Smedley:
Do you have an example that we could talk about? You don’t have to give us their name, but I mean something you could talk about.

Van Dorselaer:
Yeah, I think, we’ve worked with a lot of customers in this space, that we’re on multiple generations of IoT use cases. And what happens is that the success for one starts to foster that replication inside of an organization. They start to talk, they’re talking to their peers, and that drives the next one. I will tell you, providing insight into goods and services that we use every day, like elevators, like escalators.

Smedley:
It’s a perfect example. I hear that a lot. Those are great ones.

Van Dorselaer:
You start with connecting it, getting that insight off of it. Now you’re able to tell the mechanic what is wrong with that elevator before they go out, to ensure they have the right tool, the right part when they’re there. You then are able to take that use case into air conditioning items that they have for a building, and to escalators as well. All of this creates a better experience for the customers that are in that building, that rely on the use of that elevator and those escalators as well as the company itself for cost. You’re reducing the number of trips to be able to service an item, and you’re able to just be able to provide an overall better experience.

Smedley:
I think some of these companies are going to have to be pushed to do these things. And Walmart and some of the big giants are pushing companies into doing things that they’re afraid of doing. Do you think that’s what it’s going to take to get some of these companies to invest in IoT, to do their supply chain? Because Walmart’s dictating a lot. Will it take those big behemoths to say, “Either you’re in or you’re out.”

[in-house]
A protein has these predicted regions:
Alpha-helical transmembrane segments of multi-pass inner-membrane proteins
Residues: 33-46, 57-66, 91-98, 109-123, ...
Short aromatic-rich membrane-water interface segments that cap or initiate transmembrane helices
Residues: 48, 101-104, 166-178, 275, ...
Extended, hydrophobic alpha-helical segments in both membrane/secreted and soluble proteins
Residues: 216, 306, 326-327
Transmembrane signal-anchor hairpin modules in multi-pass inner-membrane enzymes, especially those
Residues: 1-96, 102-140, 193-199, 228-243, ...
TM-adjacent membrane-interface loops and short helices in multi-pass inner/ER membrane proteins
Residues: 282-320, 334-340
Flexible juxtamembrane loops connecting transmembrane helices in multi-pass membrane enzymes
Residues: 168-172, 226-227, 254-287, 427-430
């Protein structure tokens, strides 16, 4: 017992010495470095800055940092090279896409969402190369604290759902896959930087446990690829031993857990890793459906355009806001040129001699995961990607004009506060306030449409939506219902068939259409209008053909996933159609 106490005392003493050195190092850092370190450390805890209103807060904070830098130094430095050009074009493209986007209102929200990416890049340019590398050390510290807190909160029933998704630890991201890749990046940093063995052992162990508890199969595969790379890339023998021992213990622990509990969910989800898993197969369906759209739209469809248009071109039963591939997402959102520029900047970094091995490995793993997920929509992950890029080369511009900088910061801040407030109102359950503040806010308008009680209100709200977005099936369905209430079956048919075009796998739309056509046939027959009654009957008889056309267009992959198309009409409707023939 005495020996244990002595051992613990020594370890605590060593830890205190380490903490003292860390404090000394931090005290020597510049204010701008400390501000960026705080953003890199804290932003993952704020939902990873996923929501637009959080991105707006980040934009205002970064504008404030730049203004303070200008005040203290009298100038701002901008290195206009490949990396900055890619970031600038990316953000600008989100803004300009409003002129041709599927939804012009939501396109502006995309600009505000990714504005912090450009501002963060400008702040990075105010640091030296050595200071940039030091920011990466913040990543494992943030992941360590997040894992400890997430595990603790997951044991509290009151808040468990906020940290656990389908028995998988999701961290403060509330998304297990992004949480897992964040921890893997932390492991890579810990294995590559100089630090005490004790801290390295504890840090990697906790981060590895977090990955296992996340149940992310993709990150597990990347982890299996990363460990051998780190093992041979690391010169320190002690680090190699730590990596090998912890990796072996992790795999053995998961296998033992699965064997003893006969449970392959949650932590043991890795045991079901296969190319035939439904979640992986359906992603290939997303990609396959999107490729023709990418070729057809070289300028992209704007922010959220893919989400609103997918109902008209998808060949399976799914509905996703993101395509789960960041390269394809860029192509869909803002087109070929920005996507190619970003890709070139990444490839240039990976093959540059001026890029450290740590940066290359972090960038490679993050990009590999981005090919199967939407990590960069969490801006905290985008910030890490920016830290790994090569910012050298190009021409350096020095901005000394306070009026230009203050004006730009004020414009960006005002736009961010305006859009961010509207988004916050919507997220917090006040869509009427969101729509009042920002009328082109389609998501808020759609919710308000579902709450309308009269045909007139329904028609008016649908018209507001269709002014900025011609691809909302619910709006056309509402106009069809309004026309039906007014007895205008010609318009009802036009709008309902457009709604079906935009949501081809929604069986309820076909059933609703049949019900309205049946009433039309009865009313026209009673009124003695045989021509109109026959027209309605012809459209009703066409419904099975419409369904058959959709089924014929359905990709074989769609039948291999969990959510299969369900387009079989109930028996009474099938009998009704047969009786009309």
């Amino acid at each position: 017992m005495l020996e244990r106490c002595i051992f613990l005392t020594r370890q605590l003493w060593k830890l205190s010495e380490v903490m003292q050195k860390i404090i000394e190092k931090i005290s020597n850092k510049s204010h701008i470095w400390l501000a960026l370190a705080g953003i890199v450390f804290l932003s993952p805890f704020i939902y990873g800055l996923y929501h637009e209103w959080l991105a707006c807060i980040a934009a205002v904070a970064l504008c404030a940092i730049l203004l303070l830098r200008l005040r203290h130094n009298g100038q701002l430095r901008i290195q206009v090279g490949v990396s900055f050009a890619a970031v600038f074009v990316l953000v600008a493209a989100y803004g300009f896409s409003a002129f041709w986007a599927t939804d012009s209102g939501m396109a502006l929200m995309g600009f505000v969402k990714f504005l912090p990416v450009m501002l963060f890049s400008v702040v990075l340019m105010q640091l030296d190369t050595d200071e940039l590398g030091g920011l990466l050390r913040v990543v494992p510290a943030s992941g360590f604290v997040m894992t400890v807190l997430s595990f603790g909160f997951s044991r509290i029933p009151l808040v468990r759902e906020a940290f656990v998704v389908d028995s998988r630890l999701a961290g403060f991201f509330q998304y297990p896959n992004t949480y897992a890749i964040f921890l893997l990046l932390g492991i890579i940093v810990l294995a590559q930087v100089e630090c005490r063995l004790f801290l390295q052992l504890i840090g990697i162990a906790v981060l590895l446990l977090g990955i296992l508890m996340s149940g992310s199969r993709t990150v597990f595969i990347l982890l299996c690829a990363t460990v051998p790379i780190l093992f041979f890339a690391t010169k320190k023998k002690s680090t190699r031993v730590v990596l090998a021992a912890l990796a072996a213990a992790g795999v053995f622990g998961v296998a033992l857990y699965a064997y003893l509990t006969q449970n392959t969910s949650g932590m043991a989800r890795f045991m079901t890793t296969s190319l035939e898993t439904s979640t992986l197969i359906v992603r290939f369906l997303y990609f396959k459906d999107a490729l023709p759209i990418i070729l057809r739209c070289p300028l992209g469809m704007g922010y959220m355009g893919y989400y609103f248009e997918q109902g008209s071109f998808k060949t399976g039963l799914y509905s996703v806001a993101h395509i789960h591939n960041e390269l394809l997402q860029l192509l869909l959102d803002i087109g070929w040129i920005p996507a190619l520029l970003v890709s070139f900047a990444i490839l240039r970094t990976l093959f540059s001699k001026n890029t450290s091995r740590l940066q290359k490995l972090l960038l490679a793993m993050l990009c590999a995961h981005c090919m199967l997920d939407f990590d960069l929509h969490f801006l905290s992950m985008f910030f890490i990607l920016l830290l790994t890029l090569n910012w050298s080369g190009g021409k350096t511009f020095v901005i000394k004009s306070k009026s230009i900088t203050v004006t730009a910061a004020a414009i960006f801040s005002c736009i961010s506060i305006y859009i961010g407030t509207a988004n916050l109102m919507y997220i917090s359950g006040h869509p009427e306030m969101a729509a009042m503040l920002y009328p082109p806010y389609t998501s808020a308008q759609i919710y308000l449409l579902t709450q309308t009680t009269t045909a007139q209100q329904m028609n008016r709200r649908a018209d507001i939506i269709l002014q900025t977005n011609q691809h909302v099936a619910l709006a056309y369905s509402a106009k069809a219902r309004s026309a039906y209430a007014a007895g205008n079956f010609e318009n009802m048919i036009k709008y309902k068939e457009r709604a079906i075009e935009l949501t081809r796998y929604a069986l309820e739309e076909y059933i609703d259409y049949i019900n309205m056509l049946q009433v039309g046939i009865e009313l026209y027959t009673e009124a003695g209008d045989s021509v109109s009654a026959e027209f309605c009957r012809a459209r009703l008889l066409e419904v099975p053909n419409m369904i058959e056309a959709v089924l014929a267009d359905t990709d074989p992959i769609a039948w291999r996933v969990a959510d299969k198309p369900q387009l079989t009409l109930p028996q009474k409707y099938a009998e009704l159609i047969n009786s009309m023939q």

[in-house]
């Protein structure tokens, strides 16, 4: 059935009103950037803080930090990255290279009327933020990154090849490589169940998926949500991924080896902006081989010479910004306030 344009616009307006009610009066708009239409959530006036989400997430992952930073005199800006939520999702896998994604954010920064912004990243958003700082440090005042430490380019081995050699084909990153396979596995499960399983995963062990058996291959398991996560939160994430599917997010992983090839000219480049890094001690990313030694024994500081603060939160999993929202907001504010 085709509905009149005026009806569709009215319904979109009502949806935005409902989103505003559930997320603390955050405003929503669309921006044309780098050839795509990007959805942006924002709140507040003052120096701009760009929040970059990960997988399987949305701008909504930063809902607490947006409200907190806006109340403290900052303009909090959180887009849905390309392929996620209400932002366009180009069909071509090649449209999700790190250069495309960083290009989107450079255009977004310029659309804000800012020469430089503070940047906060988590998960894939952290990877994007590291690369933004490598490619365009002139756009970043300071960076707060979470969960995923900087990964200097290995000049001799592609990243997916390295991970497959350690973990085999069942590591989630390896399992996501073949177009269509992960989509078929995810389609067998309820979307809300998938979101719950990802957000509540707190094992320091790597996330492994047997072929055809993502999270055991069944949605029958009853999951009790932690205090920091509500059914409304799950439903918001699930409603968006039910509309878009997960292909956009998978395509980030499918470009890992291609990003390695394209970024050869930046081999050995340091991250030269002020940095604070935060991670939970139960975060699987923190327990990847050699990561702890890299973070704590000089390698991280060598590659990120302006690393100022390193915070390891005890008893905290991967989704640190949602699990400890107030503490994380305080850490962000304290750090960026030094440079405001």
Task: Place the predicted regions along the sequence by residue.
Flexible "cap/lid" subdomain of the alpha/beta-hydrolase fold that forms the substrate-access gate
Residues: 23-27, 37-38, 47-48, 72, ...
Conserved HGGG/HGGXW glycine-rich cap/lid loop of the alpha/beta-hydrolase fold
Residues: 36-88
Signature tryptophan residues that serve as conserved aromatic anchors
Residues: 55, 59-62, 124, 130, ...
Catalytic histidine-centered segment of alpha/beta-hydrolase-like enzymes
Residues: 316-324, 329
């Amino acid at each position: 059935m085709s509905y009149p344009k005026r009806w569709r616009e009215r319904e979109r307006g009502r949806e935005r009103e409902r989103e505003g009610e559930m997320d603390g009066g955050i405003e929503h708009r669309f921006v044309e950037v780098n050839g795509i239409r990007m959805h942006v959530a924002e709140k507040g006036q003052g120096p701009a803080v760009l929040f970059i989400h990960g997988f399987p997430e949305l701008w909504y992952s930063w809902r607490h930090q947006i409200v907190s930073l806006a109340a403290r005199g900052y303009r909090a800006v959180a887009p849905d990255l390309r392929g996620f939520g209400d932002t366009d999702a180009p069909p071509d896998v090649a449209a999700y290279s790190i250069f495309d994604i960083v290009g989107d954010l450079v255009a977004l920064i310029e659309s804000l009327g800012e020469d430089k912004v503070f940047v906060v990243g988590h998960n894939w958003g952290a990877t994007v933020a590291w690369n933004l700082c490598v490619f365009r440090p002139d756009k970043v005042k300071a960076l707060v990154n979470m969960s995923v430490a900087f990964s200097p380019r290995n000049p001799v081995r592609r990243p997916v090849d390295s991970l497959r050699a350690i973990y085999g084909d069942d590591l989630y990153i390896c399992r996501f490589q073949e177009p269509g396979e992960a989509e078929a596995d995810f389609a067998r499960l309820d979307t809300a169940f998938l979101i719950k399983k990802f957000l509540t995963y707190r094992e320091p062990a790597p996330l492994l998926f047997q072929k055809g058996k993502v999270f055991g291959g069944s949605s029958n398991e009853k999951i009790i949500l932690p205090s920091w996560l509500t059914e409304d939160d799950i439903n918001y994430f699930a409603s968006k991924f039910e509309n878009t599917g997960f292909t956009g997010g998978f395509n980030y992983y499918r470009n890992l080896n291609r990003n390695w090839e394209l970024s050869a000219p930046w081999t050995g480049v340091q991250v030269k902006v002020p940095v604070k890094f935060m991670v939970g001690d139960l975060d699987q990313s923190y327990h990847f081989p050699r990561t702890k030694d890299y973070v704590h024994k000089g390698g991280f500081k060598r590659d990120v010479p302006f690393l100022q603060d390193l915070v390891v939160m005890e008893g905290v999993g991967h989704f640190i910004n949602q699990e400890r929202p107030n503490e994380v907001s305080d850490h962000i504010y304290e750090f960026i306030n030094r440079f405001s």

Van Dorselaer:
I think that’s definitely a possibility, but I think that, today, there are still many opportunities just inside of an organization, even smaller organizations, to get started and really begin to build that value. I think that overall, the larger companies can certainly foster some of that through their supply chain agreements, things that they have in the market, but I think that there is enough justification on its own to be able to help really have even smaller companies push inside of their own organization to do it. But I’ll tell you that the biggest thing to me is the consumer expectations today are different. And I think that is what is going to drive it.

Smedley:
We’re spoiled. We want things immediately, and that’s why, when people say, what’s the benefit of 5G? 5G is really—you know better than anyone, being AT&T—how is that going to change things? The immediacy of what 5G is going to do, not only from a consumer end, but from a business, and that’s going to change that immediacy you just described.

Van Dorselaer:
Absolutely. With lower latency and higher bandwidth capabilities that 5G’s going to bring, I think the opportunities are endless. With each G, we’ve seen a revolution, if you think about it.

Smedley:
But is it the same when we talk about what was 4G to 5G? We’re not really comparing the same things. We’re totally different on what we’re going to be able to do with transportation. Is that correct?

Van Dorselaer:
It’s correct. Yeah. I think manufacturing, transportation, and the consumer experience is going to change with 5G. I think the opportunities are endless. So many things are out there we still haven’t identified yet.

Smedley:
So, the sky’s the limit. We don’t even know yet.

Van Dorselaer:
We don’t. We have some ideas. We definitely have a perspective. I think as you look at edge computing capabilities, bringing those closer to the edge, allows companies to be able to do more computing there, rather than sending that to the cloud. I think that 5G capability is going to allow more flexibility for manufacturers to be able to pull machines out of service faster and provide more flexibility on the factory floor than they’re used to today. I think it’s also going to create a more massive adoption of IoT, because you’re going to have more capabilities now to be able to put more devices within that 5G capacity. And I think you start to look at AR, VR type applications, it’s going to be a great opportunity there as well. But for trucking and transportation, I think you start to look to vehicle-to-vehicle type communications and being able to really get that insight around the United States that companies are looking for.